4 Types of Discrimination in the Workplace

Everyone wants to work in a place where they’ll be treated with respect. People want to be evaluated based on the results they produce, not on some irrelevant aspect of their personal lives.

Unfortunately, there are times when people experience discrimination in the workplace. But there’s good news.

Laws are in place which make it illegal for employers to discriminate in the following four areas: age, gender, race, and religion. Let’s look at each area in more detail.

4 Types of Discrimination in the Workplace

Discrimination in the WorkplaceAge – Age discrimination involves treating an employee or job applicant with less favor because of his or her age. Laws make it illegal to discriminate against a person’s age in employment situations including hiring, firing, pay, job assignments, promotions, layoffs, and training.

If you’re interviewing for a position, the interviewer isn’t allowed to ask about your age, date of birth, or the ages of your children.

The interviewer can, however, ask whether or not you’re over 18 years of age.

Gender – Another type of discrimination in the workplace has to do with gender. Gender discrimination occurs when a person is treated differently because of his or her gender. When that treatment adversely affects a person in areas such as position, pay, title, benefits, being hired or fired from a job, advancement, and training, it is illegal.

Race – Workplace discrimination can also happen as it relates to race. Racial discrimination involves treating a job applicant or employee differently because of any of the following characteristics: race, hair texture, skin color, or facial features.

Discrimination can also occur when a person is treated with less favor because he or she is married to a person of a particular race, or when a person is connected to a group that’s generally associated with people of a certain race.

If you’re interviewing for a position, the interviewer can’t ask you questions regarding your national origin, birthplace, ancestry, or parentage.

Similarly, questions regarding the naturalization status of your parents, spouse, and children are also not allowed.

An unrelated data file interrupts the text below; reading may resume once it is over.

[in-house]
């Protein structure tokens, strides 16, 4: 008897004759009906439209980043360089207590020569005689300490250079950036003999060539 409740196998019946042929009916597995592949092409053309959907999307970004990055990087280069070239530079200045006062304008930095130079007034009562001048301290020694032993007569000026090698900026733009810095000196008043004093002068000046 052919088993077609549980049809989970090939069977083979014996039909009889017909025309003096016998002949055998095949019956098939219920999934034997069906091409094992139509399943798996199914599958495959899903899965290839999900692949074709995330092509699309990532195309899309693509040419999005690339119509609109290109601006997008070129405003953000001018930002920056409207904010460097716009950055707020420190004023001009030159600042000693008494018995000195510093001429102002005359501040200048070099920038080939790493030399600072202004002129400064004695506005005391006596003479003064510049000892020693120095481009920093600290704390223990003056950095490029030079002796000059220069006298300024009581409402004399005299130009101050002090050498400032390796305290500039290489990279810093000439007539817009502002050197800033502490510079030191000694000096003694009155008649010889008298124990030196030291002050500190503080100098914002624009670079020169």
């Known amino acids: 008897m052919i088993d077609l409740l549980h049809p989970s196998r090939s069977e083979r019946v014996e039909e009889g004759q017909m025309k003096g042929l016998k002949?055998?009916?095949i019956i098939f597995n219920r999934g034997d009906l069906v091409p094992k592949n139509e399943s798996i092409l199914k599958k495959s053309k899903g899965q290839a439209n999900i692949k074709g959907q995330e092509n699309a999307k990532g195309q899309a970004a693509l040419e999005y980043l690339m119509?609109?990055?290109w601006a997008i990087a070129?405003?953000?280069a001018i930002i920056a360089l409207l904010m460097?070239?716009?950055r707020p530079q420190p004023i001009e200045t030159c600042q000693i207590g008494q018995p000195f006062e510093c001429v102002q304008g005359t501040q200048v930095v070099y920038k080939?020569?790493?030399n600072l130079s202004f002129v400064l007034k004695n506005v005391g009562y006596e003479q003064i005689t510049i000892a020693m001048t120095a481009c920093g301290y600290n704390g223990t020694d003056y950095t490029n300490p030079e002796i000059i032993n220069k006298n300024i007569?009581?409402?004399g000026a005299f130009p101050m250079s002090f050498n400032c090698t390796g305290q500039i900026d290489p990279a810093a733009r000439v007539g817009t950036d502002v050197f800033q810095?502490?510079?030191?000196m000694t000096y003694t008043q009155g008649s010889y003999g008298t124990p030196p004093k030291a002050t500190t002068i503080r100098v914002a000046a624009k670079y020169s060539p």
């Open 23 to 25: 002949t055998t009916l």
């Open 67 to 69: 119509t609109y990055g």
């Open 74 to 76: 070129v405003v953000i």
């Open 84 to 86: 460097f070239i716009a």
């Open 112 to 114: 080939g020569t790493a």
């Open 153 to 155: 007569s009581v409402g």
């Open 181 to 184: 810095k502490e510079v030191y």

The interviewer can, however, ask you if you’re a U.S. citizen or a resident alien who has the right to work in the United States.

Religion – Religion can also be a discrimination in the workplace as well. Religious discrimination occurs when someone is treated differently because of his or her religious beliefs. This not only includes people who practice organized religions such as Christianity, Buddhism, Islam, Judaism, and Hinduism, but also others who have personal moral beliefs.

And like racial discrimination, religious discrimination can also occur when a person is treated with less favor because he or she is married to a person of a certain religion.

These are the basics regarding certain areas of discrimination that are illegal. If you are an employer or hiring manager, then you need to be well aware of these types of discrimination in the workplace. Be sure that your questions steer far away from any of these areas if possible. Also, if you work in any human resources capacity at your workplace, you need to become very familiar with these types of discrimination in the workplace. They can take place well after the interview process and you need to be aware of when they are happening in the office.

Article By:
Darren loves to read and help people learn business skills that they can use to better their lives. Check out his blog at Gain Business Skills.

    Jonathan has been blogging since 2009 and is still in awe that the Creator of the Universe desires to have a relationship with him. His passions include spending time with his kids, reading, March Madness, surprise get-a-way trips with his wife, and watching funny YouTube videos.

    Please note: I reserve the right to delete comments that are offensive or off-topic.

    Leave a Reply